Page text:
6. Beyond Factual Media:
Factual media are used to play an increasingly important role in public diplomacy. What are the other forms
7. Images and Photojournalism
News media texts are structured not only through language but through the image. How does the news image work and how can we read it critically?
8. Alternative news sources:
What makes a news source ‘alternative’: is it its agency, a different news agenda, the construction of its texts? We will examine the chequered fate of old and new ‘alternative’ news sources
9. Changing Technologies and News: The Impact of the Net
A considerable amount of mainstream news media material is available on the web as well as many alternative news sources. How do we evaluate the impact of the net on news production and consumption? If anyone can blog, is everyone a journalist?
10. Audiences, publics and distant others: the moral debates
The audience remains at the heart of media production while the public remains at the heart of democratic theory. Are they compatible or conflicting constructs and which does news content address? What kinds of invitations does international news provide its readers and viewers? How do we and might we engage with distant others?
Term 2 (Practice)
Week1: 24 hour in a television/newspaper/online newsroom
Understanding the newsroom, its hierarchies, its practices and the mechanics of news production.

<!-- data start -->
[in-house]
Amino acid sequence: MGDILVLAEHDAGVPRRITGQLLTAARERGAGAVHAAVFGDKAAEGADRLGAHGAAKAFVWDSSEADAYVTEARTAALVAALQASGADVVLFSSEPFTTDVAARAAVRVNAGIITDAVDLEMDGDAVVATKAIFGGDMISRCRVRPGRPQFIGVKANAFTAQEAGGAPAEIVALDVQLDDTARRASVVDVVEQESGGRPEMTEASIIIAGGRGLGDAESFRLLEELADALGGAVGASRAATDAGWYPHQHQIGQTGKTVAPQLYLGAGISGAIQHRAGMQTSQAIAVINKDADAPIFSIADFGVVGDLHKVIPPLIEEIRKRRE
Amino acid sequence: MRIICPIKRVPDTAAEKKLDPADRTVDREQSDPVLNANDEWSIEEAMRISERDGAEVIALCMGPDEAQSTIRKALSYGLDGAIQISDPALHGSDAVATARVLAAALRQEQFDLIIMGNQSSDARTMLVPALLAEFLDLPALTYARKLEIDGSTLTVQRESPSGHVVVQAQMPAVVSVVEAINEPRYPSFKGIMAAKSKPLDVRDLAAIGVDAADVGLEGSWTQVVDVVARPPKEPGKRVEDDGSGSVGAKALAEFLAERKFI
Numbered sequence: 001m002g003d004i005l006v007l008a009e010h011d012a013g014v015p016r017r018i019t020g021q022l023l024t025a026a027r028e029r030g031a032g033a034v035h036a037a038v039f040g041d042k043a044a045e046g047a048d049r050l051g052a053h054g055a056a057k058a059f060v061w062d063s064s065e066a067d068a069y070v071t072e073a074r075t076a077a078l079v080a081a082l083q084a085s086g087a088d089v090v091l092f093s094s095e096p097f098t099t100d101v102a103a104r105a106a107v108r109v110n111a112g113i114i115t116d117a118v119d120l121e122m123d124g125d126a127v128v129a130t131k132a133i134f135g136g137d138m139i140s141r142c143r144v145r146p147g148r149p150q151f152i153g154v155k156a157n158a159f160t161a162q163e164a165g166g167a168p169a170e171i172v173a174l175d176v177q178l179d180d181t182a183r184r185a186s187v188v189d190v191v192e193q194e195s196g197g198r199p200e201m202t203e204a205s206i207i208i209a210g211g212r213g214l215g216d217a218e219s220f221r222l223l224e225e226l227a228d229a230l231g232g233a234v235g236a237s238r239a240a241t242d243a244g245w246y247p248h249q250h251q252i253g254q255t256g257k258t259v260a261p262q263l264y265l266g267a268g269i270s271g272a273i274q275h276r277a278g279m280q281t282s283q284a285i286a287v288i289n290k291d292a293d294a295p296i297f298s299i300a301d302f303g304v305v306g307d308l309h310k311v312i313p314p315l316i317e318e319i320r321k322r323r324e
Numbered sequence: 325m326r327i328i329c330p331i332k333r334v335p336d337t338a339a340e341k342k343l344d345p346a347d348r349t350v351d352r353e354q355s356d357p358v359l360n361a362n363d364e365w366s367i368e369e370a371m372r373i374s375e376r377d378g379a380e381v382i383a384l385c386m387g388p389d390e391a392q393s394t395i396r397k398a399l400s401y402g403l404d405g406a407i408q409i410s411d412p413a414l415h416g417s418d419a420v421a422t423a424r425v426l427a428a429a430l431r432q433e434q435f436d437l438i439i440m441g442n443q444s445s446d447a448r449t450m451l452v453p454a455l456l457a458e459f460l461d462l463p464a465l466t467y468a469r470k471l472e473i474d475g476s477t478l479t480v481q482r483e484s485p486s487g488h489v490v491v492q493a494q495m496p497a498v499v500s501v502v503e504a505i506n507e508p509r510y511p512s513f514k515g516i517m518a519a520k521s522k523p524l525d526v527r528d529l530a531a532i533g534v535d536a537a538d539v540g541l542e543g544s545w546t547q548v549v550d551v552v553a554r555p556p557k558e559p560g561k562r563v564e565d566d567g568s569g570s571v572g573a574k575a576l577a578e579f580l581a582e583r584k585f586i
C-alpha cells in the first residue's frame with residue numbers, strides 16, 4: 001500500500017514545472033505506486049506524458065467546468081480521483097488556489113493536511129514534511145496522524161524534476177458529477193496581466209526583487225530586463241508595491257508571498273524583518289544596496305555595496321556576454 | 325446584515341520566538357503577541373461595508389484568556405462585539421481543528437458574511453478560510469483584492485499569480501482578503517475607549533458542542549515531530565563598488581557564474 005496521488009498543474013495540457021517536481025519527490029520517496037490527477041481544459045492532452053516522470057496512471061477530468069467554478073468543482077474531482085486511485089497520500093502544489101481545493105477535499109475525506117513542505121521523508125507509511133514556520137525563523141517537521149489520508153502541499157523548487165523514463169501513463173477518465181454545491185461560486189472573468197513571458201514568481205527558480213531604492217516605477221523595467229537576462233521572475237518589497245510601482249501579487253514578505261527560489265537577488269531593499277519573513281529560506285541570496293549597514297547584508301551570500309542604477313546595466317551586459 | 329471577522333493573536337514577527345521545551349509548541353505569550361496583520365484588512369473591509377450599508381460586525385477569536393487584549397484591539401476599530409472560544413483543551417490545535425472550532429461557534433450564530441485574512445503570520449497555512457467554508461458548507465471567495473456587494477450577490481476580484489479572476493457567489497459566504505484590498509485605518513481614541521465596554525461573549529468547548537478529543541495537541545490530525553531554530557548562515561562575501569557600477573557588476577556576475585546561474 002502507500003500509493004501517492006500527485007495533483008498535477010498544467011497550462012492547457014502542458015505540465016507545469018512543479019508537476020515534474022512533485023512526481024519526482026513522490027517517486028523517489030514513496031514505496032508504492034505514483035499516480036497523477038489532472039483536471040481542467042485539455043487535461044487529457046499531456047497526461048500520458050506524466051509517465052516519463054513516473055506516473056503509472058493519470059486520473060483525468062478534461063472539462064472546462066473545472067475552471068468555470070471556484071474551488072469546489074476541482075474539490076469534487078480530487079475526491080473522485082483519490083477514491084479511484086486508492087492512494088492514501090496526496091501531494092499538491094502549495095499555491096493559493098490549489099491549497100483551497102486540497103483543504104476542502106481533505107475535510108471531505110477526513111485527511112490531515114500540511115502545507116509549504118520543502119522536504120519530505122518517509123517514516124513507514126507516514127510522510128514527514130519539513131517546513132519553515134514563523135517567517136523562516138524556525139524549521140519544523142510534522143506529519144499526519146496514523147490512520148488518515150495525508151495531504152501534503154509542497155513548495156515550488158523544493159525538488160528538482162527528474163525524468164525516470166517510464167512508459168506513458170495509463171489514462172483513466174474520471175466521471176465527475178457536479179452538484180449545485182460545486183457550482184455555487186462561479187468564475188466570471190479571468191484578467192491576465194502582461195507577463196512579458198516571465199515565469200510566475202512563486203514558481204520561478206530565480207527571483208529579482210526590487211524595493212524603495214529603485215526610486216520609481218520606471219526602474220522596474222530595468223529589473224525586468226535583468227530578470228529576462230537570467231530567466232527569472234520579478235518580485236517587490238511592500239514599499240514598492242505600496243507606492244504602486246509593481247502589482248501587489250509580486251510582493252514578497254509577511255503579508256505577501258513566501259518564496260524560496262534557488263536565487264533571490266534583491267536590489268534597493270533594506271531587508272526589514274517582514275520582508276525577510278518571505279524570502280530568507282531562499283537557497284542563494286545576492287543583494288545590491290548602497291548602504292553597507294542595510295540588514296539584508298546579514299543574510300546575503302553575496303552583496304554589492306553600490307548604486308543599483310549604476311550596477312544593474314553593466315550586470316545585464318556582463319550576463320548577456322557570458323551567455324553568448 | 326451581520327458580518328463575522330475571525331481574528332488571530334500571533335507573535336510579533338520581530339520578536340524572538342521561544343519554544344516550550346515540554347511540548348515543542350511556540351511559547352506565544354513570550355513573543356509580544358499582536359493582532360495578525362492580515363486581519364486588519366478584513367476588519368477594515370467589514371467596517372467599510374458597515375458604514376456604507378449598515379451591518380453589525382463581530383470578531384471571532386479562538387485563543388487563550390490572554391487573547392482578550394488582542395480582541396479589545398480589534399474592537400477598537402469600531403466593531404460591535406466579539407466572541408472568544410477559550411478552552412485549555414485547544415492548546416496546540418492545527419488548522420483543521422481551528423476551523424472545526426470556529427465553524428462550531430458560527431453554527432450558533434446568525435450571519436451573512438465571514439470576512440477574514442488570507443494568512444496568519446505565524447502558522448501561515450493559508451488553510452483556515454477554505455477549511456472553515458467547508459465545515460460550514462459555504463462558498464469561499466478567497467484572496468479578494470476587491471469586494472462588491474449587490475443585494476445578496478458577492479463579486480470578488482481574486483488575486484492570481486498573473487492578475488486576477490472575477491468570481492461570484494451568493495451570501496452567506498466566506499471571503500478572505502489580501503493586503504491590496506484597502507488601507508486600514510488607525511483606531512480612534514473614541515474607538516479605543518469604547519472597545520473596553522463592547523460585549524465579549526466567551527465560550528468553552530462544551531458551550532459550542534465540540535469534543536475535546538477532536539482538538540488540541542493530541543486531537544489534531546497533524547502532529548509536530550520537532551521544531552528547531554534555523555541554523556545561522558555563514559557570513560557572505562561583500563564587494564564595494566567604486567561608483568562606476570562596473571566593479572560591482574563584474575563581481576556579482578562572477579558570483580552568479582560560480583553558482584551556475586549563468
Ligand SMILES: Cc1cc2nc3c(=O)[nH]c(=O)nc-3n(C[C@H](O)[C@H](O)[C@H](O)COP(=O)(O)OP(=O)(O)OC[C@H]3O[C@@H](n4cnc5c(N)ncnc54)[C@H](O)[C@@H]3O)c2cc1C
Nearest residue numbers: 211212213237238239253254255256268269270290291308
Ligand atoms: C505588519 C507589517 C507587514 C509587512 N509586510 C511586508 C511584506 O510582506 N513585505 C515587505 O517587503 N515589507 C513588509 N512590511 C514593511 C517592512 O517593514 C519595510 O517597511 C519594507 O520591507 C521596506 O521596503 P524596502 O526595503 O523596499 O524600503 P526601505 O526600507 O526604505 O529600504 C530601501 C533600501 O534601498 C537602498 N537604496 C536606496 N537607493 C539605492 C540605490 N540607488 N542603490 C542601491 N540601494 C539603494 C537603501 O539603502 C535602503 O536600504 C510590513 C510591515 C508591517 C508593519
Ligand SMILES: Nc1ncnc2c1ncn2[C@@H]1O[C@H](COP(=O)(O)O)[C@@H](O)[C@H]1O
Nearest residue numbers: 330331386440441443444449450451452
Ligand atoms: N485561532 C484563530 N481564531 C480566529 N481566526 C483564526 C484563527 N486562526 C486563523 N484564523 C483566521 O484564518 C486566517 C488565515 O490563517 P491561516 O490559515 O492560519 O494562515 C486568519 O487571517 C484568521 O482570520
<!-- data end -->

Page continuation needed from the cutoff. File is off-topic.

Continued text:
Week 2: Political/Sports Journalism and the Nation
The rise of political and sports journalism and its lanks with nation building
Week 3: Finanical Journalism and technology
The development of finacial journalism and its close links to technology
Week 4: Cultural/Entertainment Reporting and Cultural Hegemony
From Hollywood to Bollywood, how entertainment reporting constituted a cultural hegemony
Week 5: War and Peace Journalism
Nationalism versus Internationalism in reporting war and Peace reporting
(Focus on Regions)
Week 6: Growth of the media in South Asia
India, Bangladesh and Pakistan
Week 7: China: From state control to Net Control
Week 8: Africa: From being represented to Represnting the Self
Week 9: The Middle East: Reporting after 9/11
Week 10: Journalism Today and its Future
Method of assessment
Coursework: Book or article review of 500-800 words worth 10% of mark, essay of 2,500 words worth 30% of mark, reporting assessment of 600-800 words worth 15% of mark, essay of 2,500 words worth 45% of final mark
Important notice regarding changes to programmes and modules